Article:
Another first in my life came today at my father-in-law’s funeral. Some people can count on one hand the number of funerals they’ve attended, but not me. I don’t know how many funerals I’ve attended. My parents took me to funerals when I was little and growing up it was a normal but sad affair. We all know the service routine: visit, sit, listen to a few sad heart-wrenching songs when our emotions are raw enough, listen to someone speak about the deceased, listen to the preacher, hear another song or two, view the body, console the family, exit, wait outside for the body to be brought to the hearse, then finish up at the cemetery. It is all so daunting and emotionally draining, but all of those things are part of the grieving process to say goodbye for ourselves because the deceased is no longer in his or her body. We go through the process to respect their life and start healing our own life.
In all the funerals I’ve seen, I’ve always wondered how family members of the deceased found the courage to stand up and speak. My husband’s cousin did it at his own mother’s funeral. When my brother died, another brother stood up, found his voice and spoke. He had strength that day that I did not have. I’ve always been too overcome with grief to utter a single word. Oh, one time I really tried, at my dad’s funeral. But failed when it came for me to stand because my legs wouldn’t work and my voice wouldn’t come. I wanted to with all my heart, but physically and emotionally I failed myself.
Today though, I overcame that. I composed something and distributed it to family and friends. It was a short piece, around 150 words. I made a homemade brochure and thought it would help others the way it helped me. When Mr. Curt Iles, a very special friend of our family who performed the service, asked me to read it aloud to the audience I made up my mind that I would really try, again. Although I knew the words, I went outside and read it aloud to myself one final time. As usual, I choked up. A few minutes before the service was to start, I was still unsure if I could follow through.
1:00 came, the first song started, and as I sat there and glanced down at the paper in my hand, silent tears flooded my eyes and a lump formed in my throat. I fought those things the best I could, wiped my eyes, and tried instead to concentrate on the words of the Merle Haggard song playing softly overhead to get my mind off of what I was about to do. The next thing I knew, the song ended, Mr. Iles introduced me, and I stood.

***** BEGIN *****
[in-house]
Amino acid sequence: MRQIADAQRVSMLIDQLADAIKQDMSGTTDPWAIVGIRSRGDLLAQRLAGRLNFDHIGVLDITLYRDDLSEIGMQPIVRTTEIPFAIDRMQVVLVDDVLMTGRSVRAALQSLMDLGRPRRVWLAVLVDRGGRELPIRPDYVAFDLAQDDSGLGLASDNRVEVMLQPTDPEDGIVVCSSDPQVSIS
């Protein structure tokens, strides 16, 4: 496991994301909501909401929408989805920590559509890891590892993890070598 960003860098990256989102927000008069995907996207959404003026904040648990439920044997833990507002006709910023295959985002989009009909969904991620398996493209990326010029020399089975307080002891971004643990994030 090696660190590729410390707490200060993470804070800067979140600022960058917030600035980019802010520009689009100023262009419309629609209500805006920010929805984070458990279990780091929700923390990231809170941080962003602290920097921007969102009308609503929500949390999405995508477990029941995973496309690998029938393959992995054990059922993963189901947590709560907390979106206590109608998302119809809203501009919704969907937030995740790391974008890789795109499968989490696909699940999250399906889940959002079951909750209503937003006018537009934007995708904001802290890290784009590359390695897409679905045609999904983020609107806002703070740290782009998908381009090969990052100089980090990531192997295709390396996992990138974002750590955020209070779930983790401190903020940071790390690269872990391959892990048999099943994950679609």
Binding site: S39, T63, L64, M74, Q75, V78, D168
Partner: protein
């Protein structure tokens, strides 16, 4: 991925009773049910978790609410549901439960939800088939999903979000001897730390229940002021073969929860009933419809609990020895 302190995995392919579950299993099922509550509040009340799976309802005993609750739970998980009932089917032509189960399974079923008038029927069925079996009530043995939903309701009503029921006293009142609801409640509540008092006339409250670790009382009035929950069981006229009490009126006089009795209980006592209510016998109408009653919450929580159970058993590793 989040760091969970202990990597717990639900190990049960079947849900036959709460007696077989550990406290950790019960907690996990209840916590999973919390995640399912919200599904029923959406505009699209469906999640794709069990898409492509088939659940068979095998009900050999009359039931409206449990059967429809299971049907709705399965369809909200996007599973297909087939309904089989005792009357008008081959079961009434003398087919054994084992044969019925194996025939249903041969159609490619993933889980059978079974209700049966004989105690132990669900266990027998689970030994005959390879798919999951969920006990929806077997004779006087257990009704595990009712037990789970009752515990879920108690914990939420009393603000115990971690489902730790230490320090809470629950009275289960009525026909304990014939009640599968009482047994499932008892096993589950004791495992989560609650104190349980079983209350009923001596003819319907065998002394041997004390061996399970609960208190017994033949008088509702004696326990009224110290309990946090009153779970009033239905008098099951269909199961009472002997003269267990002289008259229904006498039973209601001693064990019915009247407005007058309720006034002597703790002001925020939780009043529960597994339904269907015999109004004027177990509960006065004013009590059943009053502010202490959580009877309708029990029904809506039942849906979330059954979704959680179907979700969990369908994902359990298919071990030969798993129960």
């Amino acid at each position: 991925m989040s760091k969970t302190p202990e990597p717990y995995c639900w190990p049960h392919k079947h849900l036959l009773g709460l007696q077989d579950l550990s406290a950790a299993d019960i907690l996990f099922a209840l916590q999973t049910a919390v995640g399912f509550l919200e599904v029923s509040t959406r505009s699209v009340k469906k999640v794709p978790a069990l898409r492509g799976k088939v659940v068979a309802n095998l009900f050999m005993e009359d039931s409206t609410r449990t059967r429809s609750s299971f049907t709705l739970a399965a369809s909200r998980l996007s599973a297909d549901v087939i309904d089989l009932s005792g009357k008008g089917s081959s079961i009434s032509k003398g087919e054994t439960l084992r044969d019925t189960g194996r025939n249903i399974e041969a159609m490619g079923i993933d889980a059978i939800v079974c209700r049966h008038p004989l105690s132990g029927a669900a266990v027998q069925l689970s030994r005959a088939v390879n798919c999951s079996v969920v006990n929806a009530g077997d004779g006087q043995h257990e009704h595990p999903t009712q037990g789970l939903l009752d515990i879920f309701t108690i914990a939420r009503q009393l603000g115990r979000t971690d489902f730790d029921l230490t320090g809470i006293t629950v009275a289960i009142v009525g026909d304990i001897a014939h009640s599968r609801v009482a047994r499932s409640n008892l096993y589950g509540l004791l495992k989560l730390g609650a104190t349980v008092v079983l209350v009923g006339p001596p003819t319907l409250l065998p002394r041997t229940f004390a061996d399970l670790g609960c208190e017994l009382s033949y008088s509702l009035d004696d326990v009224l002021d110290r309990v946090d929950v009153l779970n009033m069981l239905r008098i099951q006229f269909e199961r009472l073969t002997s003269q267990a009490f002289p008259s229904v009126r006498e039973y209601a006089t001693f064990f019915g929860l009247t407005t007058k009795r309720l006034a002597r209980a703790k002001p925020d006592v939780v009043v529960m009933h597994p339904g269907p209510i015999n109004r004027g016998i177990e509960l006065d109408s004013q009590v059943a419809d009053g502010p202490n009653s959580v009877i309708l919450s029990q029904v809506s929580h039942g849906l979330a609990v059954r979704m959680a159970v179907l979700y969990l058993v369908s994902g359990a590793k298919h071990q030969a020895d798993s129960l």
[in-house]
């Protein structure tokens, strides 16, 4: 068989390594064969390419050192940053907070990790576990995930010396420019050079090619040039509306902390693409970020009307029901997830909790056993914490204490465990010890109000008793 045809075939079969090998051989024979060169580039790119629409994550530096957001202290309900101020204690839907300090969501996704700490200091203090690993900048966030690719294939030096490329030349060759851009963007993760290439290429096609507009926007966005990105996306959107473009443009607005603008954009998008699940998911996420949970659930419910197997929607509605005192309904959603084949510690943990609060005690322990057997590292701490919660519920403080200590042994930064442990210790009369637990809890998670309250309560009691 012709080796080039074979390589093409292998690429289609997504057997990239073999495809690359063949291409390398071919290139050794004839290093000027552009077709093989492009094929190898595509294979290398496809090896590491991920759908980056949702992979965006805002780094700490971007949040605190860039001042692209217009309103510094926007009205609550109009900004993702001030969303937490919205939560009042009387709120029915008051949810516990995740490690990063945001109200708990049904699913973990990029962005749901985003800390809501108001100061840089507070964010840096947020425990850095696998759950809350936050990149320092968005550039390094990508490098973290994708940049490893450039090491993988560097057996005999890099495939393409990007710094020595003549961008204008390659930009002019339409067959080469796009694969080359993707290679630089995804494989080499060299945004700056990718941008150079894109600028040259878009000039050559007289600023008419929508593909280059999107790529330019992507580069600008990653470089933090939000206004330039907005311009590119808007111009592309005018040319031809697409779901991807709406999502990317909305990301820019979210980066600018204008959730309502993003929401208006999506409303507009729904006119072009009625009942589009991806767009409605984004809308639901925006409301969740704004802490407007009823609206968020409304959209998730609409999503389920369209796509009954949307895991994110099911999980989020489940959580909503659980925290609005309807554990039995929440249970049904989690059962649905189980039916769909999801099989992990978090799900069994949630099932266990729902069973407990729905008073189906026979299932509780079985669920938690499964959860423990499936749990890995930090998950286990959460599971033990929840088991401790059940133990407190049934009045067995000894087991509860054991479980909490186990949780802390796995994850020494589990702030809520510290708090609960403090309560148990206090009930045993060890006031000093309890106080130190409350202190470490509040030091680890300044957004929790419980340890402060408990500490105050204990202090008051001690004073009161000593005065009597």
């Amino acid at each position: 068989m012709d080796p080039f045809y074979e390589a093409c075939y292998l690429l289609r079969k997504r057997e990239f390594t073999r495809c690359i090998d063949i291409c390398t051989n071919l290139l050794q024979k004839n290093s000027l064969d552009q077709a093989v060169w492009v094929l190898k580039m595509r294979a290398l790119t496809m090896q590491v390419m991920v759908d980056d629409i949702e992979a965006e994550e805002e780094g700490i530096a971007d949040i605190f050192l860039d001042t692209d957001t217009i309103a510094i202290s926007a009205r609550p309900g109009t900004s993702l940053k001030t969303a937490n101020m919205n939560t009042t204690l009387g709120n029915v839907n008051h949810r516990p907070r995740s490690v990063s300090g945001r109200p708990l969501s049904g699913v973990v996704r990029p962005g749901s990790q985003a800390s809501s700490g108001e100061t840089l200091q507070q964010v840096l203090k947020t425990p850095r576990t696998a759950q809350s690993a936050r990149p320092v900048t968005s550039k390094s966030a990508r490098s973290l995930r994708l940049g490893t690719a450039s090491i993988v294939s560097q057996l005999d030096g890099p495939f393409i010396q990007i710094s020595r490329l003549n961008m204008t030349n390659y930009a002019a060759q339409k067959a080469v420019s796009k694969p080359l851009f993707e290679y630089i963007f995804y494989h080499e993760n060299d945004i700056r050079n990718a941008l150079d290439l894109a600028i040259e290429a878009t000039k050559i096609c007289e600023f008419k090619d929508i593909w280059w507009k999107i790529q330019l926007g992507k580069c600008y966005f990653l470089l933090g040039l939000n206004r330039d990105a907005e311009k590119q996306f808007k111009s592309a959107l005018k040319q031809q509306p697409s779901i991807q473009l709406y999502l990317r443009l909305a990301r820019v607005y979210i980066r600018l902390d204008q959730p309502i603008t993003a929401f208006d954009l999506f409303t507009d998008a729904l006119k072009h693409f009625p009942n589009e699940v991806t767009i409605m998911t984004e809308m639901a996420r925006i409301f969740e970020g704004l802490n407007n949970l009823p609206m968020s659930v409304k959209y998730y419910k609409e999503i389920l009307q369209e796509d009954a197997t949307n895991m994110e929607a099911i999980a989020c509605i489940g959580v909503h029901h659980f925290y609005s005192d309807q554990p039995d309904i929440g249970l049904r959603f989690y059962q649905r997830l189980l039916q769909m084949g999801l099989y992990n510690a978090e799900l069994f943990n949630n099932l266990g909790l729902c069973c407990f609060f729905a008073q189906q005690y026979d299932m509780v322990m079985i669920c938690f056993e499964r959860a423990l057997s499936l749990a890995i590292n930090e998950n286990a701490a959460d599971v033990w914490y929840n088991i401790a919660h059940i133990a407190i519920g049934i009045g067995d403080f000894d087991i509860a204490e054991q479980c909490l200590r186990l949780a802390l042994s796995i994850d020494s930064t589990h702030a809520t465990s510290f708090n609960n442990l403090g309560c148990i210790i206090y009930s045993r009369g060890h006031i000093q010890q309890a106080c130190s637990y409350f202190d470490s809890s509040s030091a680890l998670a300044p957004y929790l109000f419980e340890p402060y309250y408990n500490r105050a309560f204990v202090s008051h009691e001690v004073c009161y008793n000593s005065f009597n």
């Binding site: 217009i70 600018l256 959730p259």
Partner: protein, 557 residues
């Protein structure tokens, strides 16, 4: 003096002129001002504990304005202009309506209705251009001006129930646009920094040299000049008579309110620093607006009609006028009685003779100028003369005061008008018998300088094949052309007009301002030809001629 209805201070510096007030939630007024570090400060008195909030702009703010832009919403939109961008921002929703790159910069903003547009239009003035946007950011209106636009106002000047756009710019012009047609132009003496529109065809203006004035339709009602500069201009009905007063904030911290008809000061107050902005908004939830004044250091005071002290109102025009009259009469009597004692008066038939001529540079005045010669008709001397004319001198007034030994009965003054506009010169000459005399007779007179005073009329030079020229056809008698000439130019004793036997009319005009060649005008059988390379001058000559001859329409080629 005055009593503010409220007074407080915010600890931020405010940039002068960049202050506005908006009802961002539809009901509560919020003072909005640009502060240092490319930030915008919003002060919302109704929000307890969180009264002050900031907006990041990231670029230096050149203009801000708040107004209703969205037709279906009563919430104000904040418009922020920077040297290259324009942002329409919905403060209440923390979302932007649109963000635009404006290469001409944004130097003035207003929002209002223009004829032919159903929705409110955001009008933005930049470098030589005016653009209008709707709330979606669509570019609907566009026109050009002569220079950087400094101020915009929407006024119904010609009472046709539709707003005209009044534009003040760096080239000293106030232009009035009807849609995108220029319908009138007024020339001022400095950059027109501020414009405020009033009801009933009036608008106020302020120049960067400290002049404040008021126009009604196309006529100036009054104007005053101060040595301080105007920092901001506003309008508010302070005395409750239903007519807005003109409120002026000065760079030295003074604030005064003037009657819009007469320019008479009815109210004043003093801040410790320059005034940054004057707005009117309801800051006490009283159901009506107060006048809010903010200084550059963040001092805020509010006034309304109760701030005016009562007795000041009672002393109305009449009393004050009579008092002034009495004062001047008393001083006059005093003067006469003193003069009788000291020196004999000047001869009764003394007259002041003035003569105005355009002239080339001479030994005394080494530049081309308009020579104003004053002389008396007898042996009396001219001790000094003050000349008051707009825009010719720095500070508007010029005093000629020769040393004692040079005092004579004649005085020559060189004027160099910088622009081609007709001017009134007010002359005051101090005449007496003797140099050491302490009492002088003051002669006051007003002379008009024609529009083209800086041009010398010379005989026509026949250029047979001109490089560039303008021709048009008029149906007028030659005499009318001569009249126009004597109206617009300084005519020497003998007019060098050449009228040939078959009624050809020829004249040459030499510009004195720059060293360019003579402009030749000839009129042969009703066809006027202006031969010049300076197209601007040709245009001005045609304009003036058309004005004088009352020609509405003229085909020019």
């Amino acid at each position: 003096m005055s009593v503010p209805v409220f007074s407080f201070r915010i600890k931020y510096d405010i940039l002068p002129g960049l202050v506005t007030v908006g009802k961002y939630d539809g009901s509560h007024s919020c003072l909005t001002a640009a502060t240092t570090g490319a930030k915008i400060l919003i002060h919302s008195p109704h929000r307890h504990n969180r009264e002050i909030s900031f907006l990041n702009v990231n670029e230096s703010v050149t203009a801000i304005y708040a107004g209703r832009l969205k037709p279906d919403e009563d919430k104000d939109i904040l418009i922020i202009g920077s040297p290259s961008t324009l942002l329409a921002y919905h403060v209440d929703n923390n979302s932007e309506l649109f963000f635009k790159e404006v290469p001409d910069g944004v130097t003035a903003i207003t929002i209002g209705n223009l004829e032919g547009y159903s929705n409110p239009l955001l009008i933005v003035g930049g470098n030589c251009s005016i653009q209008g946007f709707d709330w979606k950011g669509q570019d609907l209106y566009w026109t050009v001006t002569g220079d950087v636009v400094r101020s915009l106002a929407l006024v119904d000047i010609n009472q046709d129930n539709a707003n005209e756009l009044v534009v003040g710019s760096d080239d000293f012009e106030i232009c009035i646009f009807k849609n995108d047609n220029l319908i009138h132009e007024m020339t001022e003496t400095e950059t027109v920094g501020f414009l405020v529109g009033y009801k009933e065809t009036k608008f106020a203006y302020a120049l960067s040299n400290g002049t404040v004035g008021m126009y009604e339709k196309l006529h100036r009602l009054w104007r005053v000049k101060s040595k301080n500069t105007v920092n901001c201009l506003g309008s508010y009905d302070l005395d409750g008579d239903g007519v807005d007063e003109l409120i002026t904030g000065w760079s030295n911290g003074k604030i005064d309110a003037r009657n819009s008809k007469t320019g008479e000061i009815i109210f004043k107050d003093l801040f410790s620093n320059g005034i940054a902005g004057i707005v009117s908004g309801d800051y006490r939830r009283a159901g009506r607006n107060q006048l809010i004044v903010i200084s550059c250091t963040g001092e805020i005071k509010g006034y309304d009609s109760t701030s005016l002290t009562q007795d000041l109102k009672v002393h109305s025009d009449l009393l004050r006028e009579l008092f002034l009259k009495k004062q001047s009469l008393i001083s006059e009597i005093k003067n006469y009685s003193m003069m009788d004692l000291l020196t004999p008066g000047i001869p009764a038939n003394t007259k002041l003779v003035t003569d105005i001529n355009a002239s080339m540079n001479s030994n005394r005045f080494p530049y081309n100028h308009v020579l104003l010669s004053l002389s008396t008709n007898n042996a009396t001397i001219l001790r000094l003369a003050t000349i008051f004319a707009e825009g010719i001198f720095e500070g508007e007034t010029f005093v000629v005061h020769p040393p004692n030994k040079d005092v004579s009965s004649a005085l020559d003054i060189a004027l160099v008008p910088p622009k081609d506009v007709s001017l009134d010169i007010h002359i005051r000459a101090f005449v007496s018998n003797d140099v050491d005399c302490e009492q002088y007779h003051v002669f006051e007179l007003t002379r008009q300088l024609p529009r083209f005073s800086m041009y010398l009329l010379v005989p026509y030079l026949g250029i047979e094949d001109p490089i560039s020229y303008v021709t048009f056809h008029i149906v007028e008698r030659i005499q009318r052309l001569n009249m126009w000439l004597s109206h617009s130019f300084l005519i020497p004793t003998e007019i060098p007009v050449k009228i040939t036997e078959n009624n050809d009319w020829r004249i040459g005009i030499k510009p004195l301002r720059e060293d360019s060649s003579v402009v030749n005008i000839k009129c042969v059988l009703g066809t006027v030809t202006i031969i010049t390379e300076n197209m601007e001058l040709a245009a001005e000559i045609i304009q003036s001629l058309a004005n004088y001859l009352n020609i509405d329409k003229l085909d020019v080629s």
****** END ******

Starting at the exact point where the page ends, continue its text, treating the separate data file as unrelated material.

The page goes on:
I wasn’t nervous to speak in front of people. That has never bothered me. Inside, I was battling a fear far greater than public speaking. My heart is so sentimental and tender, I knew I would cry and be unable to finish once I started. Then, there I would be standing like an idiot with people waiting for a sound, a word, a sentence that wasn’t coming. That was my fear! Yet, I stood at the podium and looked down at my piece. My legs jumped with nervous anxiety and my heart raced. Still, my mouth did not open. I stood there for a good thirty seconds staring at my paper in silence. It was probably really only ten seconds or so, but it was a noticeable pause; the whole time I was trying to subdue the enormous lump in my throat that seemed as stubborn as I am. I won!
Finally, softly I spoke the first word. Wanting to do it right for my husband, my mother, my father-in-law, and the rest of our family and friends, I knew I must read slowly, use proper inflections when necessary, and look up periodically at the audience staring at me. I did all those things. I did lose my voice a few times. I also paused at one especially touching place for what seemed like forever. I finished the piece with tears in my eyes, a cracking voice, and a courage that came with finally being able to speak at a funeral. It was one of the emotionally hardest things I’ve ever done, but I did it. I did it. I found my voice!